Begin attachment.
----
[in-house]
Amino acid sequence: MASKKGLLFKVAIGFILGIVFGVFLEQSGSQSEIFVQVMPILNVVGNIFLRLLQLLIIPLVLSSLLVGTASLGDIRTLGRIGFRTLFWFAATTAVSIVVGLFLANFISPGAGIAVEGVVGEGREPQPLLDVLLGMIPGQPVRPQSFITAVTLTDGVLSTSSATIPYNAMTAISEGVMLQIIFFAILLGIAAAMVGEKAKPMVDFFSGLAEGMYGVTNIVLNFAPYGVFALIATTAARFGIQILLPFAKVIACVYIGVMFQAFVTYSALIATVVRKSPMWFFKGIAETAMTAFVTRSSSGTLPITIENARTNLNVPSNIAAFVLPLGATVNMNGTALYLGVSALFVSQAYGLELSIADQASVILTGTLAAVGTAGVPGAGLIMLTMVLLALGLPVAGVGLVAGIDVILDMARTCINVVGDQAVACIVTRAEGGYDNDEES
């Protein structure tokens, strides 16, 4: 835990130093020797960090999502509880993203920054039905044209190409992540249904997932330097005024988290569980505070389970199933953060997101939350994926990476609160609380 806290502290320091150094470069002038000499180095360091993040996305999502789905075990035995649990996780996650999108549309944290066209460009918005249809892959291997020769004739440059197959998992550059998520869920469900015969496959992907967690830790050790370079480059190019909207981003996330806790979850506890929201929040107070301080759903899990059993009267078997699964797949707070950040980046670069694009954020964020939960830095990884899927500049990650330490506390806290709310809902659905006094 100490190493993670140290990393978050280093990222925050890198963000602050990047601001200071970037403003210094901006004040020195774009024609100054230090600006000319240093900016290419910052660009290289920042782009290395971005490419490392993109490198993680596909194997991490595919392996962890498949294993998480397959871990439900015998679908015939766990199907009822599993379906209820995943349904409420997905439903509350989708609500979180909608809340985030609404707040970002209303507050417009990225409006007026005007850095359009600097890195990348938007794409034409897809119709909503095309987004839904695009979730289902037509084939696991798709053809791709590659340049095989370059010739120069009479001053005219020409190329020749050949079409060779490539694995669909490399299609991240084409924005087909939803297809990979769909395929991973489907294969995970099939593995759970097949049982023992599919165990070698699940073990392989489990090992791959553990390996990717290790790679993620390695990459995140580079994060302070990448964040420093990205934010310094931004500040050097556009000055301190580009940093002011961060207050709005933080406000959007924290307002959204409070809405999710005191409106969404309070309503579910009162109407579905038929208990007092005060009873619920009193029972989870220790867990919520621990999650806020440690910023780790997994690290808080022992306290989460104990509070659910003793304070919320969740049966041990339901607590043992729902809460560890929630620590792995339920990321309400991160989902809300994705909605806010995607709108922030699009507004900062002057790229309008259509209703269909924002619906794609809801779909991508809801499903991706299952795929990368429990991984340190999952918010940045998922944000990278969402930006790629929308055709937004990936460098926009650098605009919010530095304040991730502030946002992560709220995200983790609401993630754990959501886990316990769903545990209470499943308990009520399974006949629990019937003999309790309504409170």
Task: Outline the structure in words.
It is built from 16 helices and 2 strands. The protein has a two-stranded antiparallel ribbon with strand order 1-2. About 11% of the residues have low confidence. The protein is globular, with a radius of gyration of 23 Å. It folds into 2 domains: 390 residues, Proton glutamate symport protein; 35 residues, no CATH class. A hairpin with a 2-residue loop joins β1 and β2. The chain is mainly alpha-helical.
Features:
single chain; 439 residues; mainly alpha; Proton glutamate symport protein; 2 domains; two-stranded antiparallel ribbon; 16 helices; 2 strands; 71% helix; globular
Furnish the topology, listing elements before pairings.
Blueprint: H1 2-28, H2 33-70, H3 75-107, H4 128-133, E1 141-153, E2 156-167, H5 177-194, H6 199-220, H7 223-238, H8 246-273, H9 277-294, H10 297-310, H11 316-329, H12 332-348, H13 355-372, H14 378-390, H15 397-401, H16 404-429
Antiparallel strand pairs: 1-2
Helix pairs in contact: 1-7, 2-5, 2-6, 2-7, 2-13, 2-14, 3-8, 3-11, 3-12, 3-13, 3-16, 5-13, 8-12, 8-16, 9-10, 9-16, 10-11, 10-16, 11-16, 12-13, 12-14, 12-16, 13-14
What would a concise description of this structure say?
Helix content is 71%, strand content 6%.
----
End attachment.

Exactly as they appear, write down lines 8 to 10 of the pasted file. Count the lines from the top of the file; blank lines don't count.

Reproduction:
Furnish the topology, listing elements before pairings.
Blueprint: H1 2-28, H2 33-70, H3 75-107, H4 128-133, E1 141-153, E2 156-167, H5 177-194, H6 199-220, H7 223-238, H8 246-273, H9 277-294, H10 297-310, H11 316-329, H12 332-348, H13 355-372, H14 378-390, H15 397-401, H16 404-429
Antiparallel strand pairs: 1-2